football
Arts and Entertainment
Tate Modern chief Chris Dercon, who will be leaving to run a Berlin theatre company
arts + ents
Arts and Entertainment
Tasos: 'I rarely refuse an offer to be photographed'
arts + ents
Arts and Entertainment
tv
  • Get to the point
Latest stories from i100
Have you tried new the Independent Digital Edition apps?
Independent Dating
and  

By clicking 'Search' you
are agreeing to our
Terms of Use.

ES Rentals

    iJobs Job Widget
    iJobs Food & Drink

    Guru Careers: MI Developer

    £35 - 45k: Guru Careers: An MI Developer is needed to join the leading provide...

    Recruitment Genius: Fitness Manager

    £20000 - £22500 per annum: Recruitment Genius: This leisure organisation manag...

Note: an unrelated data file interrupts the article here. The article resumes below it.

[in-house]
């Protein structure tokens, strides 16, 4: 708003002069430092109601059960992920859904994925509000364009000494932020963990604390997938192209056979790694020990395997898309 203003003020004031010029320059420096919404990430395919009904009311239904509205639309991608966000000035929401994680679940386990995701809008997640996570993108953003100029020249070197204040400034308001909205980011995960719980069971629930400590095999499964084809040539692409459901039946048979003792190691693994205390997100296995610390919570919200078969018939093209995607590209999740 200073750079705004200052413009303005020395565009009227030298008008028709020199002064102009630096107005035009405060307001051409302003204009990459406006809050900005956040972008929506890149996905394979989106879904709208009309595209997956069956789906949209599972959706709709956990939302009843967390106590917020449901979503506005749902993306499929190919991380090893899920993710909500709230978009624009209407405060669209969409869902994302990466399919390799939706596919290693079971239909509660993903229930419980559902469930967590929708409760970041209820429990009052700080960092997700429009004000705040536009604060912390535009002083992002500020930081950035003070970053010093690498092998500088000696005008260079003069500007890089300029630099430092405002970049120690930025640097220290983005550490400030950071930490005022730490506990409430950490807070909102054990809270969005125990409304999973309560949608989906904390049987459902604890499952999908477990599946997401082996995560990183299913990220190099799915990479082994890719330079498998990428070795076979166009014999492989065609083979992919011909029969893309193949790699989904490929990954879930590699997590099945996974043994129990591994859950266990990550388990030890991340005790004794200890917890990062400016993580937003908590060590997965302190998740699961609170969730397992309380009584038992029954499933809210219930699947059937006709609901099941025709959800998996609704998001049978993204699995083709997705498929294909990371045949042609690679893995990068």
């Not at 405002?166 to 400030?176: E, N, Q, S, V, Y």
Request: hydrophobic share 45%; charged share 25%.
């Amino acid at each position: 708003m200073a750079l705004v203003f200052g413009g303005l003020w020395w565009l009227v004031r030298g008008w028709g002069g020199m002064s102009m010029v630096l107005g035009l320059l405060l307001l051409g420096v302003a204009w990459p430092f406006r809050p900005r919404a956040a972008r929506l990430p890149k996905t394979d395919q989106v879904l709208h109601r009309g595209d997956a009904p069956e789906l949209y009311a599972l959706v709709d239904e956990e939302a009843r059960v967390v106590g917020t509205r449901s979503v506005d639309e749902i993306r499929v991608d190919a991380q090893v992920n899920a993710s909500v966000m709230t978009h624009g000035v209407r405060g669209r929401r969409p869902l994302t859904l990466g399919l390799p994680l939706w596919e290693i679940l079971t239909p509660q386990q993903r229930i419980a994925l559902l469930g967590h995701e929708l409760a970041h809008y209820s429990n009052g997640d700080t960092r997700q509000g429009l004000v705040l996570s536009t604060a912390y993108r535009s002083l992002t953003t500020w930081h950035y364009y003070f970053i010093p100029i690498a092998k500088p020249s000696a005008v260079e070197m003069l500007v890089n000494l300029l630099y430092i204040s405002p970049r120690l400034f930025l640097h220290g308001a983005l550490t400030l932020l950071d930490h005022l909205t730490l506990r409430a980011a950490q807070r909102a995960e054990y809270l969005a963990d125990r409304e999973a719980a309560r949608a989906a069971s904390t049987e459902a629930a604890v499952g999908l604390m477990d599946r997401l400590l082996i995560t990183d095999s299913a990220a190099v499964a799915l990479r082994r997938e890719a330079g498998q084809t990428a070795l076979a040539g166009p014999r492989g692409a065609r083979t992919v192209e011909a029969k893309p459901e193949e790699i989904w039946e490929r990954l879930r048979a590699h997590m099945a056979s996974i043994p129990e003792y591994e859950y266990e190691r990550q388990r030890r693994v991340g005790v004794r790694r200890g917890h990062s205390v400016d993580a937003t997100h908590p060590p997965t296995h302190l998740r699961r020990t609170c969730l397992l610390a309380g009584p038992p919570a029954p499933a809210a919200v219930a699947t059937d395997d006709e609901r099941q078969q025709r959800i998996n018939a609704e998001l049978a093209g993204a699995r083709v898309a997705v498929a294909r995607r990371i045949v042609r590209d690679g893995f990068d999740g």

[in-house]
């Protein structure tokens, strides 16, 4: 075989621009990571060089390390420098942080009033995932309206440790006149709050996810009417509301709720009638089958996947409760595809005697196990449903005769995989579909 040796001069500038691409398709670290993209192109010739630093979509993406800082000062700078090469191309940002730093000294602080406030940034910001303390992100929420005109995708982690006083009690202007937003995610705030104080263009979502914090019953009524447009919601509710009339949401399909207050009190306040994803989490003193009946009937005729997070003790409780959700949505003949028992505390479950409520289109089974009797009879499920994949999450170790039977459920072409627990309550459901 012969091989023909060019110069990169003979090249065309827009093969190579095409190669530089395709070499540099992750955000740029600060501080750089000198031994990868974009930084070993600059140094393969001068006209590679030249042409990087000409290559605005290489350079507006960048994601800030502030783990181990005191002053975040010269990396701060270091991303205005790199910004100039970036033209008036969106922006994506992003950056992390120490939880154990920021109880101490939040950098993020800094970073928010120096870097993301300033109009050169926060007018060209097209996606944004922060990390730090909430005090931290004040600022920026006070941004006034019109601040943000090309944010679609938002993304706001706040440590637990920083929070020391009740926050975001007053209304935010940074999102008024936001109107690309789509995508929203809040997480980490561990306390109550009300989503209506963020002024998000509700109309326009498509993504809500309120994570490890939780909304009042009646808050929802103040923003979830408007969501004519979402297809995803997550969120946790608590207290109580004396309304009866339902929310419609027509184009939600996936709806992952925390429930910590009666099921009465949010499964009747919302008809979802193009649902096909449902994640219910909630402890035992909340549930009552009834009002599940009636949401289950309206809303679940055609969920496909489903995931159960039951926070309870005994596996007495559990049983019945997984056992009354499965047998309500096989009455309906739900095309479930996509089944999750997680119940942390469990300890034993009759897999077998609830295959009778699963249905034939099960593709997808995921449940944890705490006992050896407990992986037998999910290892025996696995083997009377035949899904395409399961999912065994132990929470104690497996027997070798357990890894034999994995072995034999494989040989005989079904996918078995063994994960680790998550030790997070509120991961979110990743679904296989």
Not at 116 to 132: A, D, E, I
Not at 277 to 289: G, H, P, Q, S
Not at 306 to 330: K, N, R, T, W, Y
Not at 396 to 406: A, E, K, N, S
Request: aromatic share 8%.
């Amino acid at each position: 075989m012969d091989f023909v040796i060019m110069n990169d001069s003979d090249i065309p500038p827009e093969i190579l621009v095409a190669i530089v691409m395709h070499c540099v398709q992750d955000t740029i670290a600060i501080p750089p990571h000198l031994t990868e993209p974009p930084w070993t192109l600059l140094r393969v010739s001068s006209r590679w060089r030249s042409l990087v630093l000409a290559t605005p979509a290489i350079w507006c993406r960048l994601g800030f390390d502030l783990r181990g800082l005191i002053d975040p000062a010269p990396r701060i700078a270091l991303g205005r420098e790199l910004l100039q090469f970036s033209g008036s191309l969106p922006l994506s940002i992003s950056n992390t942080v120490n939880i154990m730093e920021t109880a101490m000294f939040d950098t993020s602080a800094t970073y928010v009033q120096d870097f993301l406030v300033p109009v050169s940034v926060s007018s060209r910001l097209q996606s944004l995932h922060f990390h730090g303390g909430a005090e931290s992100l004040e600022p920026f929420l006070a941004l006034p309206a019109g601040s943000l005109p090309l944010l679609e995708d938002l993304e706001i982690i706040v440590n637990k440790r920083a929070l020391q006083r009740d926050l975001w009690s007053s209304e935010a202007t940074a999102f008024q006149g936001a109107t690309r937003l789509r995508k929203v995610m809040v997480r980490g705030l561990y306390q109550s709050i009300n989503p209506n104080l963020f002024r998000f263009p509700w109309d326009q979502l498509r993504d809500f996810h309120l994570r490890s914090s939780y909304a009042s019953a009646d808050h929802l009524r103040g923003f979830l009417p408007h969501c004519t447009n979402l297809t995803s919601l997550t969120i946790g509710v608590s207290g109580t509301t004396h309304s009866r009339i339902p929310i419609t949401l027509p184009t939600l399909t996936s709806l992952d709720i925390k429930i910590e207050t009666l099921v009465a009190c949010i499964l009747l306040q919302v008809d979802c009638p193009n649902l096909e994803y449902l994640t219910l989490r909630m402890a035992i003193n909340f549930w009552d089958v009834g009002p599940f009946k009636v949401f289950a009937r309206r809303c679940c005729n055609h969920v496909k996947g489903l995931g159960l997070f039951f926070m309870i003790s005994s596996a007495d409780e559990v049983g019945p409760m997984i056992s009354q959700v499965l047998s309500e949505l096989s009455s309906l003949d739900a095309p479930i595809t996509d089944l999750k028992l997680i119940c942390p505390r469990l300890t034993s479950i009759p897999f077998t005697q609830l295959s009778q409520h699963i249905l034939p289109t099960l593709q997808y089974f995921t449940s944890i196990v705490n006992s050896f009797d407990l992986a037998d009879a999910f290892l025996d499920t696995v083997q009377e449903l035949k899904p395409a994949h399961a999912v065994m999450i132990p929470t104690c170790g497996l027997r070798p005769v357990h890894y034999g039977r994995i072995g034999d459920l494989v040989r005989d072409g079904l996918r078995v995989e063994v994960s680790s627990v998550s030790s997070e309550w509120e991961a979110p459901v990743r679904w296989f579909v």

Recruitment Genius: Visitor Experience Manager

    £25000 - £28000 per annum: Recruitment Genius: Delivering an inspiring, engagi...

    Recruitment Genius: Learning Team Administrator

    £17500 - £20500 per annum: Recruitment Genius: They are looking for a great te...

    Day In a Page

    Major medical journal Lancet under attack for 'extremist hate propaganda' over its coverage of the Israeli-Palestinian conflict

    Lancet accused of 'anti-Israel hate propaganda' over coverage of Gaza conflict

    Threat to free speech as publishers of renowned medical journal are accused of inciting hatred and violence
    General Election 2015: Tories and Lib Dems throw their star names west to grab votes

    All noisy on the Lib Dems' western front

    The party has deployed its big guns in Cornwall to save its seats there. Simon Usborne heads to the heart of the battle